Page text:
50 Now there was a good and righteous man named Joseph, who, though a member of the council, 51had not agreed to their plan and action. He came from the Jewish town of Arimathea, and he was waiting expectantly for the kingdom of God. 52This man went to Pilate and asked for the body of Jesus. 53Then he took it down, wrapped it in a linen cloth, and laid it in a rock-hewn tomb where no one had ever been laid. 54It was the day of Preparation, and the sabbath was beginning.* 55The women who had come with him from Galilee followed, and they saw the tomb and how his body was laid. 56Then they returned, and prepared spices and ointments.
On the sabbath they rested according to the commandment.
Jesus’ followers had watched in those last moments, as Jesus gave up his spirit there on the cross. They had gone then, back into the city, into hiding, except for the women. They waited – what would happen? The Romans sometimes left bodies on crosses for a prolonged period of time, to maximize the shock value of crucifixion. But this was Jerusalem, and it was the day before the Sabbath, preparation day, and Jewish law said that if anyone was punished by death and his body hung on a tree, the body must be removed and buried the same day. Now a new character is introduced. Joseph was a good and righteous man, who came from the Jewish town of Arimathea, one who had been waiting for the Kingdom of God. (Remember Simeon and Anna, in the temple, when Jesus was a baby?) When Caiaphas called his meeting of the Sanhedrin, Joseph would have been the only one who disagreed with the decision (except for Nicodemus, who helps Joseph in John’s gospel); or, perhaps, when Caiaphas sent out his messengers to call the meeting, they would have “forgotten” to notify the dissenter! Joseph is, however, a man of standing, one able to obtain an audience with Pilate on the same day to ask for Jesus’ body. Pilate grants his request, and Joseph goes and removes the body from the cross and takes it to a near-by tomb carved in the rock, a new tomb where no one had been laid (usually, tombs would contain the bones of generations of a family). Perhaps the new tomb was one Joseph had had carved for himself. But it was nearing evening, and the Sabbath would begin with the sunset. Joseph did not have time to anoint the body properly; he simply wrapped it in a linen cloth and laid it in the tomb.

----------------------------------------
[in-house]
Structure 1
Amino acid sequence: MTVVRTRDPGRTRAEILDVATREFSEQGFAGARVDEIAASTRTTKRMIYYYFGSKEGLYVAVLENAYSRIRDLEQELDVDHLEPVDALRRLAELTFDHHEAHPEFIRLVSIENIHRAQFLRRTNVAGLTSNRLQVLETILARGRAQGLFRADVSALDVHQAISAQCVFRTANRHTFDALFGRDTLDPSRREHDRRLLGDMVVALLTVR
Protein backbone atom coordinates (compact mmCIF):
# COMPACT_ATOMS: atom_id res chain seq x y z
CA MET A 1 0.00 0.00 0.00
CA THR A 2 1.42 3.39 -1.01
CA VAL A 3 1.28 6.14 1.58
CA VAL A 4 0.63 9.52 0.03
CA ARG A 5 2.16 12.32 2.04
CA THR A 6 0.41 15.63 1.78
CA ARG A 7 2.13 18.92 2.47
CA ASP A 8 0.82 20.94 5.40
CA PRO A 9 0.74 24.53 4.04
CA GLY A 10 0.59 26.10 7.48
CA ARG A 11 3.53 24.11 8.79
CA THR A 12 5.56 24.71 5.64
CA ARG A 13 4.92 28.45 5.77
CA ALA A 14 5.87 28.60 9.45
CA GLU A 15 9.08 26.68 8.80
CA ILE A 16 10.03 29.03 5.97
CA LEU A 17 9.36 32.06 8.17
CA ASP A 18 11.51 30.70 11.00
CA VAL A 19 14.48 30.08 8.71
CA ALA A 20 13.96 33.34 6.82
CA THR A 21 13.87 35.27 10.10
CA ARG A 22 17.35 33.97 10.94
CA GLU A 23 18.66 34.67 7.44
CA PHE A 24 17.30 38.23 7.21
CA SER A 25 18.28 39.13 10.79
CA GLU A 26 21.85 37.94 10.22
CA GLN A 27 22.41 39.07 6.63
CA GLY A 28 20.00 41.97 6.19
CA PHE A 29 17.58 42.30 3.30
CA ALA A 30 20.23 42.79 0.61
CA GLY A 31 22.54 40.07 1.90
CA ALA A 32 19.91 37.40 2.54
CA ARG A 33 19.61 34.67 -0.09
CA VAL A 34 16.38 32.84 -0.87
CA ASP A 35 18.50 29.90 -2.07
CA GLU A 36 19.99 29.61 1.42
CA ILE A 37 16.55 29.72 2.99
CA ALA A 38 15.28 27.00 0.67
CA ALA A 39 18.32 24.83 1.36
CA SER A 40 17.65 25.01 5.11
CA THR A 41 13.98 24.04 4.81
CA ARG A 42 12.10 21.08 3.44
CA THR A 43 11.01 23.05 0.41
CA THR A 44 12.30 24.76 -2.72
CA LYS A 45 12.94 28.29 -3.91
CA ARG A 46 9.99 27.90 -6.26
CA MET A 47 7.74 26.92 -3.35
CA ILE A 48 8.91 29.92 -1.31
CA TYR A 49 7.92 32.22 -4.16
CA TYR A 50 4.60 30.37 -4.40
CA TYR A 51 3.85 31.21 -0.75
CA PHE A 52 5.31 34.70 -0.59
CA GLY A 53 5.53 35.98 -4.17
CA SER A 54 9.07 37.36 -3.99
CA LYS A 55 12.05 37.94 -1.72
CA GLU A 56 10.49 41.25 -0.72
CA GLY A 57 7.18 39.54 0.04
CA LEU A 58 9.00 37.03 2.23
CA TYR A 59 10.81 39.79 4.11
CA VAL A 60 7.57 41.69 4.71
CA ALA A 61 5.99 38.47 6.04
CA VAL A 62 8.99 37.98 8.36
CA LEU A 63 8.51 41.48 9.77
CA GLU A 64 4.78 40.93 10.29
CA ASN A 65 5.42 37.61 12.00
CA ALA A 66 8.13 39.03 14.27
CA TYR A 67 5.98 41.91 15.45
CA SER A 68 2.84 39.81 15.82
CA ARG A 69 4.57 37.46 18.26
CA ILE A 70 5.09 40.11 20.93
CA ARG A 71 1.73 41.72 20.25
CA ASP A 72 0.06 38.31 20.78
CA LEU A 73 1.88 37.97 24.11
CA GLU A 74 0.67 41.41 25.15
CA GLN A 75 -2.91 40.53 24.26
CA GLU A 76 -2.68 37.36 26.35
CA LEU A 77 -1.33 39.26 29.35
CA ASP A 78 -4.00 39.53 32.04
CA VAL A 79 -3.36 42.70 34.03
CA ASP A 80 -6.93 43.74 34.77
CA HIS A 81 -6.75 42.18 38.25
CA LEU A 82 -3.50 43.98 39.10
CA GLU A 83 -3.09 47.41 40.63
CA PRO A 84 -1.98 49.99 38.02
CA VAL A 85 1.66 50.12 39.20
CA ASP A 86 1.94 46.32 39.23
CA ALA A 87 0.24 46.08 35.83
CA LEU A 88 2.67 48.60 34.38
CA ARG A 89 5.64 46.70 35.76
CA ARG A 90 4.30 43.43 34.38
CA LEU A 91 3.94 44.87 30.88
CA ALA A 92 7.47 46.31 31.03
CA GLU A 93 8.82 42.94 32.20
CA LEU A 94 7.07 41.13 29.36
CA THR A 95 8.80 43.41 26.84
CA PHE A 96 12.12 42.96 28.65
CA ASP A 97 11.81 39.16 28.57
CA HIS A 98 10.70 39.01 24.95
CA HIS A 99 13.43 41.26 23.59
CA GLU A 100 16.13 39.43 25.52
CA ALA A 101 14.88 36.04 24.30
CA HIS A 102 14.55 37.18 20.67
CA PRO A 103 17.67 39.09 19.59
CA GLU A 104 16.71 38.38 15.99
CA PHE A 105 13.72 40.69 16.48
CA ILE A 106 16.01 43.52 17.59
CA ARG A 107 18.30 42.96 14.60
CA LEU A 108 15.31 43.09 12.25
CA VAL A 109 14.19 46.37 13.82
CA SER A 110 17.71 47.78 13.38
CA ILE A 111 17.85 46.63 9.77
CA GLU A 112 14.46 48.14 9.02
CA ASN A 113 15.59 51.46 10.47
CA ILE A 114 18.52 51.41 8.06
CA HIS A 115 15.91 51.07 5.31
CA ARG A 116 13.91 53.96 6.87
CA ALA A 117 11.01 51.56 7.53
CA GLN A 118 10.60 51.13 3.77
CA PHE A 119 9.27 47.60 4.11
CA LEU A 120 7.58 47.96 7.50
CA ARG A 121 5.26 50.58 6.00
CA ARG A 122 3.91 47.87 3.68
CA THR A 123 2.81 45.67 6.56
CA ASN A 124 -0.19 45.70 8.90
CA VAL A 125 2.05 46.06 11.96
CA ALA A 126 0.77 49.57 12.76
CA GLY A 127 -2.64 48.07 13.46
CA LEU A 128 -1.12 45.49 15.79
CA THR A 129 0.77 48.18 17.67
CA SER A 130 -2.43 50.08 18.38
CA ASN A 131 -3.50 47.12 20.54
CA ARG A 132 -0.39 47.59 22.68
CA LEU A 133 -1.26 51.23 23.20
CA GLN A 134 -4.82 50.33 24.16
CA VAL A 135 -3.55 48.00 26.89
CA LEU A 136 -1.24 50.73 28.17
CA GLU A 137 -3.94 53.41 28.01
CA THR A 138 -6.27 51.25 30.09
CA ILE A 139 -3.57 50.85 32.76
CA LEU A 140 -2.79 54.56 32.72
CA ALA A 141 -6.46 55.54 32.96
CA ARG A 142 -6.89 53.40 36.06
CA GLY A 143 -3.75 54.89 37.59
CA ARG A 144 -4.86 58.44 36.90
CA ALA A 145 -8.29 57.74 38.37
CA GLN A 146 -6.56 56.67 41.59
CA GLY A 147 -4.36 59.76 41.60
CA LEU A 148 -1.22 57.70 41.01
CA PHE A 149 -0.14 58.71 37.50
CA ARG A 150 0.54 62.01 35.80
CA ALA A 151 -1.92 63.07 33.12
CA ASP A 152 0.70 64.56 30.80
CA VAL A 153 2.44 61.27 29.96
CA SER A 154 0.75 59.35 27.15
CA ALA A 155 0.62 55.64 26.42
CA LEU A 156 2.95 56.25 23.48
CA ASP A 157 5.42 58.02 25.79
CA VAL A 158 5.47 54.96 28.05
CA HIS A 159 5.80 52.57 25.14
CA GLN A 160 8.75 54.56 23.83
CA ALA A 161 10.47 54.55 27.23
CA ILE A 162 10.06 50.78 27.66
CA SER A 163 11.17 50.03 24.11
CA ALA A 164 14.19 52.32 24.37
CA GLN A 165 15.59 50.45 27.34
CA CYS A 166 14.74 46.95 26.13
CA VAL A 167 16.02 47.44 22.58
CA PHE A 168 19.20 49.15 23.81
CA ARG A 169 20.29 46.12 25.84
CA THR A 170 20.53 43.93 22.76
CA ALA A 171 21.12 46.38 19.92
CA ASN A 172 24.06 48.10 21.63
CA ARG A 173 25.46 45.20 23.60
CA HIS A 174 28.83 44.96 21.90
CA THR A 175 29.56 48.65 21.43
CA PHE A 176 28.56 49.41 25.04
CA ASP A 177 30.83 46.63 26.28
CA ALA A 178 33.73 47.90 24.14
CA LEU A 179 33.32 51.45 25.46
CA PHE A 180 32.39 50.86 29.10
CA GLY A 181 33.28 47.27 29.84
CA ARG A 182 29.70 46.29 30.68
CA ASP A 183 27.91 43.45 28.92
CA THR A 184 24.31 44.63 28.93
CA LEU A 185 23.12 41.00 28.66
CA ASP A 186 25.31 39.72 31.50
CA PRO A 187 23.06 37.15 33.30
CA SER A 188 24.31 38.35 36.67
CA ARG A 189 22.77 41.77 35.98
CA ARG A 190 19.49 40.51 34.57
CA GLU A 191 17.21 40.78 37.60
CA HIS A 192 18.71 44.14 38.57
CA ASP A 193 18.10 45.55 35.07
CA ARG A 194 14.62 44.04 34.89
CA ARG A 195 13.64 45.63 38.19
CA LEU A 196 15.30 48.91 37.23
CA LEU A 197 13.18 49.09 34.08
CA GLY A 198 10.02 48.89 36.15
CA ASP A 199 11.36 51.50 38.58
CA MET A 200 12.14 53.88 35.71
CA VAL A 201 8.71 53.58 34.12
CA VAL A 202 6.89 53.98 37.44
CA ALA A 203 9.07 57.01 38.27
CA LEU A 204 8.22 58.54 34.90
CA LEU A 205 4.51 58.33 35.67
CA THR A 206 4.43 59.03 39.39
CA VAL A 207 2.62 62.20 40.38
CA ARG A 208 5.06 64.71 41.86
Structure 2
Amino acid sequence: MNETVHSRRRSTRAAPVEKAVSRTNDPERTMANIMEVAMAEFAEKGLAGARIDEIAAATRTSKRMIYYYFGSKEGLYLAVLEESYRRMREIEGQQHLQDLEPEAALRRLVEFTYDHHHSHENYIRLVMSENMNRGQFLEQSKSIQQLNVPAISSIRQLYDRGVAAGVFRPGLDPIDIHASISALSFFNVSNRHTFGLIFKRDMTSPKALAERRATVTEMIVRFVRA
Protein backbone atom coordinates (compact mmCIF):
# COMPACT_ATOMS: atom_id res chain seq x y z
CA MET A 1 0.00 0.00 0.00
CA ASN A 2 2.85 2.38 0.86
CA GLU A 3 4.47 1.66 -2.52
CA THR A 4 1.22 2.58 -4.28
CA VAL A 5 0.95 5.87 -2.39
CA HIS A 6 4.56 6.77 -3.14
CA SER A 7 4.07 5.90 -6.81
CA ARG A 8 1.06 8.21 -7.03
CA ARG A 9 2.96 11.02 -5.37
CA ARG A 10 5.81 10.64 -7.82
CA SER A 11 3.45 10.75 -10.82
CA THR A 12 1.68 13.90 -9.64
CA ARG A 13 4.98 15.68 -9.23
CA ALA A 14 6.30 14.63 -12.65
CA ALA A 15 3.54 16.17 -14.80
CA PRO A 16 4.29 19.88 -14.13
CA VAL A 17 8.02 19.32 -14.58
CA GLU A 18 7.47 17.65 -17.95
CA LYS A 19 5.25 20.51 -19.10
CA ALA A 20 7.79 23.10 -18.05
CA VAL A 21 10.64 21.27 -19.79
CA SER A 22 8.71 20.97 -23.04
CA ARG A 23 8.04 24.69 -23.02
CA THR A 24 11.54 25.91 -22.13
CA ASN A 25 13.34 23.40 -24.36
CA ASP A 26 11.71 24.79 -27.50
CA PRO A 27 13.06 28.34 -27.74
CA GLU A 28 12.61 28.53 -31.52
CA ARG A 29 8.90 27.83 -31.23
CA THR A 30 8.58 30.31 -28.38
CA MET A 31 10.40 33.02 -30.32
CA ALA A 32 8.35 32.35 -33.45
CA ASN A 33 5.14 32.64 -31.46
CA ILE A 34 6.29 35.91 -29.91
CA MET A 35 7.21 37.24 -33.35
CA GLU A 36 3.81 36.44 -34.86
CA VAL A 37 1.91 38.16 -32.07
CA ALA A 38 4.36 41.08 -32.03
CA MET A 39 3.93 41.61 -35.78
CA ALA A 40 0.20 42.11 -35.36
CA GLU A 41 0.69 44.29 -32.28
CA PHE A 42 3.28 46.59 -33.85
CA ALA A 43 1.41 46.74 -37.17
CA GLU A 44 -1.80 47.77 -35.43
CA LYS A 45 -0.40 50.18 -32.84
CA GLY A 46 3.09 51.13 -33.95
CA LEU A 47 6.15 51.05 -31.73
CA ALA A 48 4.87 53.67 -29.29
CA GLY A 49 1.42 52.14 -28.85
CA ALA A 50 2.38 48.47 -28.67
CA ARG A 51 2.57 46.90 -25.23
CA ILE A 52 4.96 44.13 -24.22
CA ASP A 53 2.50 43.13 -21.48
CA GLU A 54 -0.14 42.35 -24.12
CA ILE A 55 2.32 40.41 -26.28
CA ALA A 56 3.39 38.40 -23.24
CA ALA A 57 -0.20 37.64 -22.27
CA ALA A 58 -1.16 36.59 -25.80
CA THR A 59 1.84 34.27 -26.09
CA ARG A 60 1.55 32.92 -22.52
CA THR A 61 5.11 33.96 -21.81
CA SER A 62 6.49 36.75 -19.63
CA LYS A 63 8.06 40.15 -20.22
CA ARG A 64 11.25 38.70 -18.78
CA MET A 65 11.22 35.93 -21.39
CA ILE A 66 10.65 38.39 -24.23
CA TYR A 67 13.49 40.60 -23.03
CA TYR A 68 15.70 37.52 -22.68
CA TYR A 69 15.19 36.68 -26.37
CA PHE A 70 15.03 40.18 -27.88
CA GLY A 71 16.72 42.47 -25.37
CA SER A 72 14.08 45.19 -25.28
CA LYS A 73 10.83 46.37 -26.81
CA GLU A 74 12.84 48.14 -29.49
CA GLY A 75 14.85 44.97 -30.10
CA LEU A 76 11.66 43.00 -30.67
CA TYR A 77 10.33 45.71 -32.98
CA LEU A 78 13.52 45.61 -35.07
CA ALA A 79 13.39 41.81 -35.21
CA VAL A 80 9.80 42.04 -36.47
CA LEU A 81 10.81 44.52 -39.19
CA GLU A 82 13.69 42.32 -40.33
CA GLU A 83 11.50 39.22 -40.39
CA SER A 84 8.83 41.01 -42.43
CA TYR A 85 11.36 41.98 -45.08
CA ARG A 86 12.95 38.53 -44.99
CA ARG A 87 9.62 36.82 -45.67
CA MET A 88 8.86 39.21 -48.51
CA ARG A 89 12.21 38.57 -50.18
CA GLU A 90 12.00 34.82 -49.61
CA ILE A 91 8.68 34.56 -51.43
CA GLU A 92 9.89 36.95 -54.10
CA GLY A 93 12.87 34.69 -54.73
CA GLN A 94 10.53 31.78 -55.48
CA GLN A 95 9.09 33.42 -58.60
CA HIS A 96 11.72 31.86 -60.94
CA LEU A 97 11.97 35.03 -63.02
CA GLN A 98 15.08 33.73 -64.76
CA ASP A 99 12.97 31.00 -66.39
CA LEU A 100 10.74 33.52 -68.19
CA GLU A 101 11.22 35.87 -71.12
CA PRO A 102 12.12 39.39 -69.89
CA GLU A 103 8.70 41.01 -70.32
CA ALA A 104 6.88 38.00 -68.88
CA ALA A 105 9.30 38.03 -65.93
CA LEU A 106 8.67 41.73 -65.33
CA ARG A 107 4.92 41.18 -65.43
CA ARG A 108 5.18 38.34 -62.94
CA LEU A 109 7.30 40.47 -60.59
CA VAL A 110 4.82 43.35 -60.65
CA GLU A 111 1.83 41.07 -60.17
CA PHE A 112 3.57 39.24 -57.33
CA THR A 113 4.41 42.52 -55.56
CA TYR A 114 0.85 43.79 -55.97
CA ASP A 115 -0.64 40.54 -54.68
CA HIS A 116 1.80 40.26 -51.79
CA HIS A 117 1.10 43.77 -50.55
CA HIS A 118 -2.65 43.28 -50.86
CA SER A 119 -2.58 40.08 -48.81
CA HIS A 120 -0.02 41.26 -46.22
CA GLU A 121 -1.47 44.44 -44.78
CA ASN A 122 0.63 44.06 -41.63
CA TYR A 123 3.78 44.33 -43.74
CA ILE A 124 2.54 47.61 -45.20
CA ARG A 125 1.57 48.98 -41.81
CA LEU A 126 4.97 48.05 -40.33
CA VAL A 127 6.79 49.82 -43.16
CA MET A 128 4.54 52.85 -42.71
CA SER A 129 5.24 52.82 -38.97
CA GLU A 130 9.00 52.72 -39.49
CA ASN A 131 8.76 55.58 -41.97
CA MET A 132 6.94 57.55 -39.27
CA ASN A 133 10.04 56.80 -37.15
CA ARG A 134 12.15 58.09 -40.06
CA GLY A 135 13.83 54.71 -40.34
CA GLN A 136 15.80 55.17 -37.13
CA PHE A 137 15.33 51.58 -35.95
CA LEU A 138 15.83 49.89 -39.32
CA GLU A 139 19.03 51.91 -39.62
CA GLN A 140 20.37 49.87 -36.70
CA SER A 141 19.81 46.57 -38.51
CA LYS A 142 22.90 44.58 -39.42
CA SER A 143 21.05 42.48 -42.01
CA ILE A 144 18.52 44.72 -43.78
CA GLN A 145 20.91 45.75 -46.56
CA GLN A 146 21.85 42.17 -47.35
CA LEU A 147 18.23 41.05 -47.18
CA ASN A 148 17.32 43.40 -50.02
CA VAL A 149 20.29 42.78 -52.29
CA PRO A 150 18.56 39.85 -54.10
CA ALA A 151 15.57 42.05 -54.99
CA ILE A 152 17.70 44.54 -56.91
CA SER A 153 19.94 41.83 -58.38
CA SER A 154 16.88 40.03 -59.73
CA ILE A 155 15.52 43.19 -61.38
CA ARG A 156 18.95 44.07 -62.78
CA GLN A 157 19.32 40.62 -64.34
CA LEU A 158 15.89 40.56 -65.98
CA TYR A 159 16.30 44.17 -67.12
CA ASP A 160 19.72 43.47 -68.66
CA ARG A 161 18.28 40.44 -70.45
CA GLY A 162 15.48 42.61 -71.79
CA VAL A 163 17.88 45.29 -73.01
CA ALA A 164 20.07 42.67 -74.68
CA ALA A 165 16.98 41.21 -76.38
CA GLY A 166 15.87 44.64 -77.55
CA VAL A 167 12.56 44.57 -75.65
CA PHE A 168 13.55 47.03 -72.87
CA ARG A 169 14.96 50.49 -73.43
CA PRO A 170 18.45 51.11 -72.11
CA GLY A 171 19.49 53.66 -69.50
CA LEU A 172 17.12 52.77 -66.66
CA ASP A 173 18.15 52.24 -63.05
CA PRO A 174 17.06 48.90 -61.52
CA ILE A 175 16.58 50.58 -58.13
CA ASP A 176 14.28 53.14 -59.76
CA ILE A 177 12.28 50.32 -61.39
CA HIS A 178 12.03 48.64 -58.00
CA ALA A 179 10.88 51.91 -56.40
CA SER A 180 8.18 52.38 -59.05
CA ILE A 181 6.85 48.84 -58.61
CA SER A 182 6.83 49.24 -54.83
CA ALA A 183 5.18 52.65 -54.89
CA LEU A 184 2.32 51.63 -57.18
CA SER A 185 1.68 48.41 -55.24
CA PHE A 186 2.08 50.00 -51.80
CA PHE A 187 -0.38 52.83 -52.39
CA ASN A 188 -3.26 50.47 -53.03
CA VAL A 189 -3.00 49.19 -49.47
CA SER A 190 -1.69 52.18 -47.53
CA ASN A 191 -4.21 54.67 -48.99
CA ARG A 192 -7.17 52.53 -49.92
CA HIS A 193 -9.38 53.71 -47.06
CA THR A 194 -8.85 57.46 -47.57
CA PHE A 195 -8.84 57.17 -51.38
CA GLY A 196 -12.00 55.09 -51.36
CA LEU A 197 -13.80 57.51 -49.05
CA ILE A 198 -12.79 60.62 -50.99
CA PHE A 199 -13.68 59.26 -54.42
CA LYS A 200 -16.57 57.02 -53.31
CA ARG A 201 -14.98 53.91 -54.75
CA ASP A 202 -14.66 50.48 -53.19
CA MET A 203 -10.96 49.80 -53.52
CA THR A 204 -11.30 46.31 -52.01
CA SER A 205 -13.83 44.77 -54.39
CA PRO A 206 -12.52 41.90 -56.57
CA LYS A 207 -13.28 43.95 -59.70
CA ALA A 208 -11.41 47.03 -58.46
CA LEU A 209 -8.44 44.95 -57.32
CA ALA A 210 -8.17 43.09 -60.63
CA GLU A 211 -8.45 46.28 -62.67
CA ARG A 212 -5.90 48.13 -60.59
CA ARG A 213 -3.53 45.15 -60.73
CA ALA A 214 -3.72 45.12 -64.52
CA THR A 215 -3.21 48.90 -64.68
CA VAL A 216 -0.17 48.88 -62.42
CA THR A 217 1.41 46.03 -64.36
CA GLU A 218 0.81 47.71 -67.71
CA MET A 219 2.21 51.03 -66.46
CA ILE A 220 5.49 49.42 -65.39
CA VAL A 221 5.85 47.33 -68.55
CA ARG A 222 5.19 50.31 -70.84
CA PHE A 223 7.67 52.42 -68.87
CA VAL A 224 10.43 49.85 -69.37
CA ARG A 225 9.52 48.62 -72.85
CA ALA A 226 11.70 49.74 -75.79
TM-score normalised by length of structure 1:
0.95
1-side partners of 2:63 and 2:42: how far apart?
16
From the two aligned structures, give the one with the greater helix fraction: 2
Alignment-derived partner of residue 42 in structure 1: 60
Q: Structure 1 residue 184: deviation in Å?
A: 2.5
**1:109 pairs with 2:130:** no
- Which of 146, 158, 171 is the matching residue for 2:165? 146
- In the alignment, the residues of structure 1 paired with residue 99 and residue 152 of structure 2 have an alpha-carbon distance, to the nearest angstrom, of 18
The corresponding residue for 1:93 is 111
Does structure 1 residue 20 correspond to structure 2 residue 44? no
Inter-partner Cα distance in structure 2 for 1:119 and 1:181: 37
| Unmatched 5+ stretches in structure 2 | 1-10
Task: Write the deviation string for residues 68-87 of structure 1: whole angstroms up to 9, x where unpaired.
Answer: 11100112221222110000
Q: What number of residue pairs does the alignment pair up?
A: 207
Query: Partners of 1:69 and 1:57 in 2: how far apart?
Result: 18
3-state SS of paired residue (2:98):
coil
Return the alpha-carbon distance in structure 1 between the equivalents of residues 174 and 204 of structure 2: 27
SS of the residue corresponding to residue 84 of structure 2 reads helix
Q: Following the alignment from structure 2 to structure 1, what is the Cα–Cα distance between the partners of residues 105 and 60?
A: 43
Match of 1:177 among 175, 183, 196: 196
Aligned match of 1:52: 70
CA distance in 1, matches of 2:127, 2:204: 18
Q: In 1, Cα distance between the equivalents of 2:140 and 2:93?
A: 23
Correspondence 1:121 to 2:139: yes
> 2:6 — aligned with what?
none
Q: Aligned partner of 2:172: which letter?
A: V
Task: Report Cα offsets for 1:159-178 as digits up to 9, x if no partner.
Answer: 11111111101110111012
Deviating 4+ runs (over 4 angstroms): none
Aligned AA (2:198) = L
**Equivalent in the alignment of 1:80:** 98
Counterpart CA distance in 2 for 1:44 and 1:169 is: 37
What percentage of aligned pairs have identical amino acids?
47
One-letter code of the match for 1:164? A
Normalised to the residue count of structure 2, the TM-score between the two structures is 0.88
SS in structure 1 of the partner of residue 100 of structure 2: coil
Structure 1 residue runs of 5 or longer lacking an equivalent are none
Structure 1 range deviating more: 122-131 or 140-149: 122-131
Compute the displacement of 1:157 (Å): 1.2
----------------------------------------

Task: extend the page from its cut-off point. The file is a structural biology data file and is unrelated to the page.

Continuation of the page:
But the women were watching. They saw where he laid the body, and they returned to the place where they were staying and prepared spices and ointments to anoint the body. But it was dark by then – the Sabbath had come. They could not return to the tomb; they could not touch a body; they could not go out after dark on the Sabbath. And so, they waited – as Luke says, “On the sabbath they rested according to the commandment.”
And so – we leave the scene today with Jesus’ body laid in a dark tomb and the stone rolled over the doorway, Joseph of Arimathea having returned to his home in Jerusalem, the disciples in hiding behind locked doors, and the women grieving and waiting for their opportunity to do one last thing for the Lord. It was a dark time, a time of grief and sorrow. They think it is the end. It is Friday night – but Sunday is coming!
The Garden Tomb